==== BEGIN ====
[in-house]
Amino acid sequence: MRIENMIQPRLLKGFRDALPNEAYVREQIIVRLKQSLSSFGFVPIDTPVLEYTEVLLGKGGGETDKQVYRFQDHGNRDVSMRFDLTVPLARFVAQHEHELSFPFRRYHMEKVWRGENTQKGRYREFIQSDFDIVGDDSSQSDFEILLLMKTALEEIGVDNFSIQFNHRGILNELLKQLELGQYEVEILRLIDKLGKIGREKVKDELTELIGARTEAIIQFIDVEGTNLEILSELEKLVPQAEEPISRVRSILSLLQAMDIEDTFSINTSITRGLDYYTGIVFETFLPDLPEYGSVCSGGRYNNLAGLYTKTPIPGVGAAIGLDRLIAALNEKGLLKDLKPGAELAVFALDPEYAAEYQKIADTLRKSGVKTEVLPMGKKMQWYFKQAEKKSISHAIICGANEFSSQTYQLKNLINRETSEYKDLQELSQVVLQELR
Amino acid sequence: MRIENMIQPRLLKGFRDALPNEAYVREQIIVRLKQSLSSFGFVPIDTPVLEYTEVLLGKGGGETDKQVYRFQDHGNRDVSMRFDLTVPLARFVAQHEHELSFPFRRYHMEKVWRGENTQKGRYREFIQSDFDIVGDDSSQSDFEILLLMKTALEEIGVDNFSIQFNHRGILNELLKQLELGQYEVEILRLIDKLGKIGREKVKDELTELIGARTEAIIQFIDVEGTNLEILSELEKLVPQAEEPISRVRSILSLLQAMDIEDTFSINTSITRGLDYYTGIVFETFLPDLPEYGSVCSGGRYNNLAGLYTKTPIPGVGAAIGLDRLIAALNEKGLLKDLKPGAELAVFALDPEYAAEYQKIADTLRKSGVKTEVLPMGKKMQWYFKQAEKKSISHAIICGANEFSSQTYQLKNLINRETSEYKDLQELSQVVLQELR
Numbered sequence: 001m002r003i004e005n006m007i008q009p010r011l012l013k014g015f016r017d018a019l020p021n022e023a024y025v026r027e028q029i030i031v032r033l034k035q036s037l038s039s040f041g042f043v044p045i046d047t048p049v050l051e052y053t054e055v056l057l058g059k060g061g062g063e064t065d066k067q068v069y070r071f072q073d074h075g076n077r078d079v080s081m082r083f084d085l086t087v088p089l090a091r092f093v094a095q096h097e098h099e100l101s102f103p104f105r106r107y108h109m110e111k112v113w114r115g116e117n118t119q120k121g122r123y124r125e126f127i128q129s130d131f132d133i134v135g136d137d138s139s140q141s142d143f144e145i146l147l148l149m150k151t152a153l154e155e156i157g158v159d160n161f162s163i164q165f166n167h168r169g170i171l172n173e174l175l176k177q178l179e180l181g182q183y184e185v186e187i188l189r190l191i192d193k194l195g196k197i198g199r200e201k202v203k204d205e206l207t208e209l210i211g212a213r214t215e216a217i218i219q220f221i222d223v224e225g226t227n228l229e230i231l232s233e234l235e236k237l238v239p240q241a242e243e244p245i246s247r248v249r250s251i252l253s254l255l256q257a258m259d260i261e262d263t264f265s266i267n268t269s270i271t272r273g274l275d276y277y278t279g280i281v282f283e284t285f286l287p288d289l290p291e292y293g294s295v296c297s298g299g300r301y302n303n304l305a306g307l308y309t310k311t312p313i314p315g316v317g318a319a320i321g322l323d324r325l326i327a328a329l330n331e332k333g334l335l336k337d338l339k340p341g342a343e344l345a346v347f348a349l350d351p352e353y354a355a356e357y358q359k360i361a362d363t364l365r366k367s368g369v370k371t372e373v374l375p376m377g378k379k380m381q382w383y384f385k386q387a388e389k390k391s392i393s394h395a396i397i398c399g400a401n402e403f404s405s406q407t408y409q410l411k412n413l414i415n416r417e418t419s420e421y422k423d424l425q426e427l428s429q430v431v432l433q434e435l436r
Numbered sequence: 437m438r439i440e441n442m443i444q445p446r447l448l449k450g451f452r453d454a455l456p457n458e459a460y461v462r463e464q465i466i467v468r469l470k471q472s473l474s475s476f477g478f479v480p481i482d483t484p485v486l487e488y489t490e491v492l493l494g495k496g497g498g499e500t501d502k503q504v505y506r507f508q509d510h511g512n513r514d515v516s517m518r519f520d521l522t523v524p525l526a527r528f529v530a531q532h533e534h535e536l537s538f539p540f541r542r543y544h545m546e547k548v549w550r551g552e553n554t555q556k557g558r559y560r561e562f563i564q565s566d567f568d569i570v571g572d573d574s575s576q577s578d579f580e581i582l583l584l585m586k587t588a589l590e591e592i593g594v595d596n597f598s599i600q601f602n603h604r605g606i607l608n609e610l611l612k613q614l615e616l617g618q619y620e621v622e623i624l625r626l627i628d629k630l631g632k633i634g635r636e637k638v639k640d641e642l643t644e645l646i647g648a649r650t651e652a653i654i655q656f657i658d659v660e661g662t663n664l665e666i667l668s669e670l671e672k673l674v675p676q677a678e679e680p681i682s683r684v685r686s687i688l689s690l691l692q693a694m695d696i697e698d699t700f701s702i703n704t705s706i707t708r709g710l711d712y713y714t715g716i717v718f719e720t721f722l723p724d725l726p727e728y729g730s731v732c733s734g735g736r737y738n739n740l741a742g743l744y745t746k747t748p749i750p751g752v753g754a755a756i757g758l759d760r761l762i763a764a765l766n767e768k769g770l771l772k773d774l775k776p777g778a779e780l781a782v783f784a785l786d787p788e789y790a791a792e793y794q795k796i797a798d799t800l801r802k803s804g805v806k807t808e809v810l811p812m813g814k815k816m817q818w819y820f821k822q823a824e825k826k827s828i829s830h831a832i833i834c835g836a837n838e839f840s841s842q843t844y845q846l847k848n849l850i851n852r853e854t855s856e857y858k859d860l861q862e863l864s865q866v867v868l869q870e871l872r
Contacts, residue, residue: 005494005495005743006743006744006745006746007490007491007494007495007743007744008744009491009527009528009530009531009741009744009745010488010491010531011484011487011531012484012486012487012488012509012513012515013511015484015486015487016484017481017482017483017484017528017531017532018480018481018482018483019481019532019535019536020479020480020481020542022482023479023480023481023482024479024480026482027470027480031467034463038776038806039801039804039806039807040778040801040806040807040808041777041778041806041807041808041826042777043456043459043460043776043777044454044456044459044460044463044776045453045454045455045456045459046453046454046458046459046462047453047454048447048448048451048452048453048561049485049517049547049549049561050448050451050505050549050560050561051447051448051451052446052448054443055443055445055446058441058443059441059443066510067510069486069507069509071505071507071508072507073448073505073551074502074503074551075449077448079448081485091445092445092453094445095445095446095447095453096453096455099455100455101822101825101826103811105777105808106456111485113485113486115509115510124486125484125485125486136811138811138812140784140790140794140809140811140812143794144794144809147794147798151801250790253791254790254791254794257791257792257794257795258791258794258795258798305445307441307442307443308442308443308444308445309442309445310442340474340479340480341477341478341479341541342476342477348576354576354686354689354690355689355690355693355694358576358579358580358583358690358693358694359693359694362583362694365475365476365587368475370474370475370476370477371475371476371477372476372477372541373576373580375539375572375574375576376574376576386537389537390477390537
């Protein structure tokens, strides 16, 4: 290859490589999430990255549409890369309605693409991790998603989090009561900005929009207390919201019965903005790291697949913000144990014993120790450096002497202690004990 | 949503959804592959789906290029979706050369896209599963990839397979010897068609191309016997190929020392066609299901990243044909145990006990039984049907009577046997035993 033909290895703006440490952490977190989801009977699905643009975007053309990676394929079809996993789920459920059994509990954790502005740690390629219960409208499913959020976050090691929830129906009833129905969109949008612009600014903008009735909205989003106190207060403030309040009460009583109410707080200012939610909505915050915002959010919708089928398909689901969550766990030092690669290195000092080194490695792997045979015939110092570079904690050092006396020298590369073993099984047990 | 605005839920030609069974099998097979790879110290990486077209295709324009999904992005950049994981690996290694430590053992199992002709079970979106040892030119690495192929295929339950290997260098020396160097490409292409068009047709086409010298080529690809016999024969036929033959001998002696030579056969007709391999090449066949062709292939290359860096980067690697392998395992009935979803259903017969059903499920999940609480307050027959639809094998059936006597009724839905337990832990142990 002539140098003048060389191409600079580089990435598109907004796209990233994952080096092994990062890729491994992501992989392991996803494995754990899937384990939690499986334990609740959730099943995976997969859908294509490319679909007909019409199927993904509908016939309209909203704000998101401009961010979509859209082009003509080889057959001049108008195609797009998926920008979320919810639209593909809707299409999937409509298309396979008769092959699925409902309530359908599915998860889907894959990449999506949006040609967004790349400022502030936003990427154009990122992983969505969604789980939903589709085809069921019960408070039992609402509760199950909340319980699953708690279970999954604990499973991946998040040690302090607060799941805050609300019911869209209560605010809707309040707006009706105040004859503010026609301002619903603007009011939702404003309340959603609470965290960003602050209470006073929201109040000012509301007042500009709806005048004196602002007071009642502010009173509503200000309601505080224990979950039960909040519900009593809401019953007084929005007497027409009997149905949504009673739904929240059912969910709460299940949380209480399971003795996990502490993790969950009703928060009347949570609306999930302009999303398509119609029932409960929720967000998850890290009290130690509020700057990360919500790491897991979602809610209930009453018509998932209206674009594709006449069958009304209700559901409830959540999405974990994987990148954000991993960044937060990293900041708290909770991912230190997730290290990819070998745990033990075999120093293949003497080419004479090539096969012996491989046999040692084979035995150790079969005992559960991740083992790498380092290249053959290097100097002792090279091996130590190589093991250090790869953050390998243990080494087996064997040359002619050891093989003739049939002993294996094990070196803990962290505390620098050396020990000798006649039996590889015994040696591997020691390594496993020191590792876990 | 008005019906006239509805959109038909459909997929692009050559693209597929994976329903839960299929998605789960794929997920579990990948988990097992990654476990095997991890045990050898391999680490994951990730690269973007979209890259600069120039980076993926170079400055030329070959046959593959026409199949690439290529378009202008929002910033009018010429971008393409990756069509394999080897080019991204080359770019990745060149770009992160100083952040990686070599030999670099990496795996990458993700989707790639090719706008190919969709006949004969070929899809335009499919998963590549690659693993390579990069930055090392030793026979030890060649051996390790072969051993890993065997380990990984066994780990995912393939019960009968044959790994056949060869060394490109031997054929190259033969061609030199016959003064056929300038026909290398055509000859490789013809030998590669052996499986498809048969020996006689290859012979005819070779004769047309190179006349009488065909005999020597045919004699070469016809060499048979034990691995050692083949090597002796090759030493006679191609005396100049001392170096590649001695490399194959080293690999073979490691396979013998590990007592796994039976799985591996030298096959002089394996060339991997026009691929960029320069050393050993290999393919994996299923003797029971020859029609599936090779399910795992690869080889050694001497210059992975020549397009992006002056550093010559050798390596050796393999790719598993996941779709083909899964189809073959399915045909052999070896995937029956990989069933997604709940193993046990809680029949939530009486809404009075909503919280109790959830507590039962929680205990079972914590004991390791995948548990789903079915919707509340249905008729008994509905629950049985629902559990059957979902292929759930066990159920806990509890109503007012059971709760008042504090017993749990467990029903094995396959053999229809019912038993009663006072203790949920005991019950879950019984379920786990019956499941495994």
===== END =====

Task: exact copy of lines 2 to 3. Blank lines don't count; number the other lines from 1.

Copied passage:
Amino acid sequence: MRIENMIQPRLLKGFRDALPNEAYVREQIIVRLKQSLSSFGFVPIDTPVLEYTEVLLGKGGGETDKQVYRFQDHGNRDVSMRFDLTVPLARFVAQHEHELSFPFRRYHMEKVWRGENTQKGRYREFIQSDFDIVGDDSSQSDFEILLLMKTALEEIGVDNFSIQFNHRGILNELLKQLELGQYEVEILRLIDKLGKIGREKVKDELTELIGARTEAIIQFIDVEGTNLEILSELEKLVPQAEEPISRVRSILSLLQAMDIEDTFSINTSITRGLDYYTGIVFETFLPDLPEYGSVCSGGRYNNLAGLYTKTPIPGVGAAIGLDRLIAALNEKGLLKDLKPGAELAVFALDPEYAAEYQKIADTLRKSGVKTEVLPMGKKMQWYFKQAEKKSISHAIICGANEFSSQTYQLKNLINRETSEYKDLQELSQVVLQELR
Amino acid sequence: MRIENMIQPRLLKGFRDALPNEAYVREQIIVRLKQSLSSFGFVPIDTPVLEYTEVLLGKGGGETDKQVYRFQDHGNRDVSMRFDLTVPLARFVAQHEHELSFPFRRYHMEKVWRGENTQKGRYREFIQSDFDIVGDDSSQSDFEILLLMKTALEEIGVDNFSIQFNHRGILNELLKQLELGQYEVEILRLIDKLGKIGREKVKDELTELIGARTEAIIQFIDVEGTNLEILSELEKLVPQAEEPISRVRSILSLLQAMDIEDTFSINTSITRGLDYYTGIVFETFLPDLPEYGSVCSGGRYNNLAGLYTKTPIPGVGAAIGLDRLIAALNEKGLLKDLKPGAELAVFALDPEYAAEYQKIADTLRKSGVKTEVLPMGKKMQWYFKQAEKKSISHAIICGANEFSSQTYQLKNLINRETSEYKDLQELSQVVLQELR